WATSONVILLE, Calif.–(BUSINESS WIRE)–Peer reviewed research and a survey of registered dietitians has shown the potential negative impact on fruit and vegetable consumption among consumers caused by the so-called “dirty dozen” list. Further, the “dirty dozen” list has been repeatedly discredited by the scientific community as well as peer reviewed studies and the list authors readily state they do not follow any established risk assessment protocols in the development of this list rendering their claims unsupportable.
“Last year, the Environmental Working Group (EWG) faced significant criticism from the nutrition community for inaccurately escalating and perpetuating consumer safety fears about these healthy foods as our world was locking down due to the pandemic,” says Teresa Thorne, Executive Director of the Alliance for Food and Farming (AFF). “EWG continues to dismiss the needs of consumers and disrespects farmers by choosing to inaccurately disparage the very foods health experts agree we should eat more of every day to improve immune function, prevent diseases and increase lifespan.”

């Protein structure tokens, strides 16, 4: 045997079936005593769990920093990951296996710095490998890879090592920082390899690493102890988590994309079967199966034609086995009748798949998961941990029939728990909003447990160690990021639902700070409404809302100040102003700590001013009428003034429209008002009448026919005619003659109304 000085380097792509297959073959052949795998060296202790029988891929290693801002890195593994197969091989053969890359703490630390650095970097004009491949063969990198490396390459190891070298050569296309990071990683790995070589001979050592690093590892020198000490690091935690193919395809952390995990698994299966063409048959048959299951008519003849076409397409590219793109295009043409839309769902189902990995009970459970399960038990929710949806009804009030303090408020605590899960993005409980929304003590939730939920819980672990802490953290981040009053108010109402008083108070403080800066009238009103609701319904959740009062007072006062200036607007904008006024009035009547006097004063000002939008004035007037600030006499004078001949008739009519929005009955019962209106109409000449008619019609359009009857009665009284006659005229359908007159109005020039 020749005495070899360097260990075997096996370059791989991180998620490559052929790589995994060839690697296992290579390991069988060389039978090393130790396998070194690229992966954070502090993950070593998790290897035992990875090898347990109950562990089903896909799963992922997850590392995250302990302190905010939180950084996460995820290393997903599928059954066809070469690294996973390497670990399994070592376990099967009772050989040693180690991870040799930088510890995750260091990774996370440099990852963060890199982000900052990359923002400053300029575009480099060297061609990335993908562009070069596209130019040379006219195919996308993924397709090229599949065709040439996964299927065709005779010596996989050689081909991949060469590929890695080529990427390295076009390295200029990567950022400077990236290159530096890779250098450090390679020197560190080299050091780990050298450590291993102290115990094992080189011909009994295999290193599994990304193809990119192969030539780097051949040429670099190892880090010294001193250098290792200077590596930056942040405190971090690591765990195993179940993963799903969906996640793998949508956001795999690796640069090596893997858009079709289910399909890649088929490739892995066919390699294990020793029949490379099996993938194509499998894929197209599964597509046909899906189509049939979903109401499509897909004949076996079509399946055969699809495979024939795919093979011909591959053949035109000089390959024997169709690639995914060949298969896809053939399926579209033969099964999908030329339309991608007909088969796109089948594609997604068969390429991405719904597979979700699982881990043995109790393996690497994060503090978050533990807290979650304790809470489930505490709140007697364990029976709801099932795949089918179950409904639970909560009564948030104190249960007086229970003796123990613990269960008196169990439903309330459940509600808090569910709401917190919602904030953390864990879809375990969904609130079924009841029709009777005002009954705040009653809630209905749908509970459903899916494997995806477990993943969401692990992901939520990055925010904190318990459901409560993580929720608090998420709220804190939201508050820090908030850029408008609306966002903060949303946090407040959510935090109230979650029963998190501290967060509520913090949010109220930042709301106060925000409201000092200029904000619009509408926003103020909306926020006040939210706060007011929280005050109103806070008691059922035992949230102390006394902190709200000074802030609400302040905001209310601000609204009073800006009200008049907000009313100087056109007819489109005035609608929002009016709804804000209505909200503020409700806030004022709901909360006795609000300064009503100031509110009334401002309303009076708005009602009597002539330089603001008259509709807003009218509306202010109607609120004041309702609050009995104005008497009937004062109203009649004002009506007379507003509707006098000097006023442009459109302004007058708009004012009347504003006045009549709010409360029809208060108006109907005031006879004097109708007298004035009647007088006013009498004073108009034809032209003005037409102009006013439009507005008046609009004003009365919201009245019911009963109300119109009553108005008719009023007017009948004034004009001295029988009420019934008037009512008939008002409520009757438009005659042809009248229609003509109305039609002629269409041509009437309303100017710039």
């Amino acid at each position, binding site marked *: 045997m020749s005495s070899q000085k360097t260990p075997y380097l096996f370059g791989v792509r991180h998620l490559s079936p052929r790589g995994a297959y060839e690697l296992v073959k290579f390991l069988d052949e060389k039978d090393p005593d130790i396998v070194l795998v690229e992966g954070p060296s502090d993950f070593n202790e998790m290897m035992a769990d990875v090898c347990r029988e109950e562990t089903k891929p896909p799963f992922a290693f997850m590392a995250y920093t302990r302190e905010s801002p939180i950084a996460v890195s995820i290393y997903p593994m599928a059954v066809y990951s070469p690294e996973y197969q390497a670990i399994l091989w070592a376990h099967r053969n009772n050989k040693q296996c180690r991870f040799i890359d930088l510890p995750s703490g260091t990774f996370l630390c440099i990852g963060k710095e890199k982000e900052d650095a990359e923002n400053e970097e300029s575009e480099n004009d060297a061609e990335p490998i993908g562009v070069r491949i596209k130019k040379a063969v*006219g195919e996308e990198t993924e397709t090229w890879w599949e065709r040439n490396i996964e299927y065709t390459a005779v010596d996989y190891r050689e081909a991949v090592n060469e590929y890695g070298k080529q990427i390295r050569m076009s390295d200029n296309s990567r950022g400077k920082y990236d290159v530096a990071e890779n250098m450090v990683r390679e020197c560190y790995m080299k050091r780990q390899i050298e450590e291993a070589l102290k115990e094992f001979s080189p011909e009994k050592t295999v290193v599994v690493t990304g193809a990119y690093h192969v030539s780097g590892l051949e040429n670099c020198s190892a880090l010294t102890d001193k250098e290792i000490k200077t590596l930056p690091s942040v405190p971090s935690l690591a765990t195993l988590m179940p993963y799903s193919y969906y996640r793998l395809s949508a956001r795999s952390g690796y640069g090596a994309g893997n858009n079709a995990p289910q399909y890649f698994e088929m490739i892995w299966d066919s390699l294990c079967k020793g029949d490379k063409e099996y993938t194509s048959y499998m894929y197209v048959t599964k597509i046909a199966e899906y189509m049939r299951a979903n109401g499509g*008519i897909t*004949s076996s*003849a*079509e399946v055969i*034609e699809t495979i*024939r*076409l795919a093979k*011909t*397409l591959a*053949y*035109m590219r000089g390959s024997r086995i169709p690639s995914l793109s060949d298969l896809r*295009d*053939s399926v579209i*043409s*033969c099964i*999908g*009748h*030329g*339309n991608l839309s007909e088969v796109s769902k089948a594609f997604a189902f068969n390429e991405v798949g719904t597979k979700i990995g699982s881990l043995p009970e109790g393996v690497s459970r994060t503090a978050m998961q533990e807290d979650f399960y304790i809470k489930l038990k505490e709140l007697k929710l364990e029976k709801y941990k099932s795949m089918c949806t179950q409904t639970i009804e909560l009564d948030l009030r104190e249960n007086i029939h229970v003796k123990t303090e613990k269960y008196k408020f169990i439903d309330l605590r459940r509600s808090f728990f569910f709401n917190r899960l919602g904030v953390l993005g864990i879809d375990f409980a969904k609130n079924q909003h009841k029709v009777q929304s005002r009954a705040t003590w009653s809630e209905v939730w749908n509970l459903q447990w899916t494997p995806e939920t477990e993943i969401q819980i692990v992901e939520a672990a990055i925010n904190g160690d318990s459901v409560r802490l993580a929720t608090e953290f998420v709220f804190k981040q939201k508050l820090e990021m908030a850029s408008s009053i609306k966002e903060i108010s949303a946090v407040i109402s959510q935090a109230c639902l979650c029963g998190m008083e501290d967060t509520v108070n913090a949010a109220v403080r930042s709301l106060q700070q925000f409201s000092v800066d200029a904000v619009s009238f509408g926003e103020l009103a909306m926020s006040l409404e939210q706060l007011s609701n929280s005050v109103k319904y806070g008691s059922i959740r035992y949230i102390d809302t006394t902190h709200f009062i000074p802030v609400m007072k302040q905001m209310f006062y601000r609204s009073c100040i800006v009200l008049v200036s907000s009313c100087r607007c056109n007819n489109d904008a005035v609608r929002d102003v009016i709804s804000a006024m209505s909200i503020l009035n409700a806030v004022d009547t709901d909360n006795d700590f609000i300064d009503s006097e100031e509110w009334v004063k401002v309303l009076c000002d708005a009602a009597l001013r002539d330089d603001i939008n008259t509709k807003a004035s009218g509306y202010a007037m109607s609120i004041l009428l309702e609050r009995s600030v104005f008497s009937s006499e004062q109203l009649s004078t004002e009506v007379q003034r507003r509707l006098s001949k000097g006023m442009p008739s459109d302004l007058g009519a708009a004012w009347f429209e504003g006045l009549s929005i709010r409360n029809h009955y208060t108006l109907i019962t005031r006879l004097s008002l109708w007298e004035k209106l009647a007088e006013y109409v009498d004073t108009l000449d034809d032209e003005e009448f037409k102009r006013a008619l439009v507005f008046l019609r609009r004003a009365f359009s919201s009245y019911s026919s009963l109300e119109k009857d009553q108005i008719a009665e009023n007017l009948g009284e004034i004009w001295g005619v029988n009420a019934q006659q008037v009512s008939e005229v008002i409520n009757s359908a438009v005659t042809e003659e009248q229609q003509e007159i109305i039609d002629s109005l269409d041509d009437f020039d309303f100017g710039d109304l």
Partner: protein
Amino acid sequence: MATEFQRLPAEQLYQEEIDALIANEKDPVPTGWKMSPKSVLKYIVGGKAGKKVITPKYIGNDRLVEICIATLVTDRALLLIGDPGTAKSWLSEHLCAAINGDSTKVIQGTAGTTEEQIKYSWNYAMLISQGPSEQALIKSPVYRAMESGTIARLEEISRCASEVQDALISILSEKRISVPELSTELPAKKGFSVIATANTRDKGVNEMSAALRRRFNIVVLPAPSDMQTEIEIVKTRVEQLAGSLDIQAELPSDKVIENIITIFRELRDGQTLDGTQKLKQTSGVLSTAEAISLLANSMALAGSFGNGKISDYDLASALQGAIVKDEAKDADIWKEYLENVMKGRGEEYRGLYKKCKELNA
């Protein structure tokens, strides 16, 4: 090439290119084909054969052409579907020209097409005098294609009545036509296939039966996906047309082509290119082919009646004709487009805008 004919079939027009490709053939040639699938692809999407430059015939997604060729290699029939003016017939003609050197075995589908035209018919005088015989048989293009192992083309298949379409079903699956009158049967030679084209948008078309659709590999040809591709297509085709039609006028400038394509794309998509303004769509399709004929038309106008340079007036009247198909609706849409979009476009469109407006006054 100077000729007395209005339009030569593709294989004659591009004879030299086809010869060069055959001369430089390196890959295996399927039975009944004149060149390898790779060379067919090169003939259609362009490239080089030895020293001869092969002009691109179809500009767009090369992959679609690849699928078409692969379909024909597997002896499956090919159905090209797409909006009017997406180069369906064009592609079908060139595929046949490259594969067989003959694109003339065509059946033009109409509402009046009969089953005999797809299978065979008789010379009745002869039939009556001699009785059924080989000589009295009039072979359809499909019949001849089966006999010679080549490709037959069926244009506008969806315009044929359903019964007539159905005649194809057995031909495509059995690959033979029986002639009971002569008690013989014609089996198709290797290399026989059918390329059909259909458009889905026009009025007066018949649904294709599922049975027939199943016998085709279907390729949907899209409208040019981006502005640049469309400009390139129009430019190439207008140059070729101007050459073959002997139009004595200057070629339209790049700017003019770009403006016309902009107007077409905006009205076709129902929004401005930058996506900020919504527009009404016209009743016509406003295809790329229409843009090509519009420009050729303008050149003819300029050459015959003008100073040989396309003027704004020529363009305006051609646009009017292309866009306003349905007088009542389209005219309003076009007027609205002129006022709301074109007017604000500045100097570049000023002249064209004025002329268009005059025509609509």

“With only one in 10 Americans eating enough fruits and vegetables each day, we should be promoting consumption to enhance immune function and prevent illness, not discouraging it with tactics like the ‘dirty dozen’ list,” Thorne adds.
Peer reviewed research found that the substitution of organic forms of produce for conventional forms, as suggested in the “dirty dozen” list, does not result in any decrease in consumer risk because residues are so low, if present at all.
The AFF also asks that reporters, consumers and others review the United States Department of Agriculture’s (USDA) Pesticide Data Program (PDP), which the list authors state they base the “dirty dozen” list upon. The USDA PDP report consistently finds 99 percent of the samples tested had residues well below the safety standards established by the Environmental Protection Agency (EPA) with more than 40% having no detectable pesticide residues at all.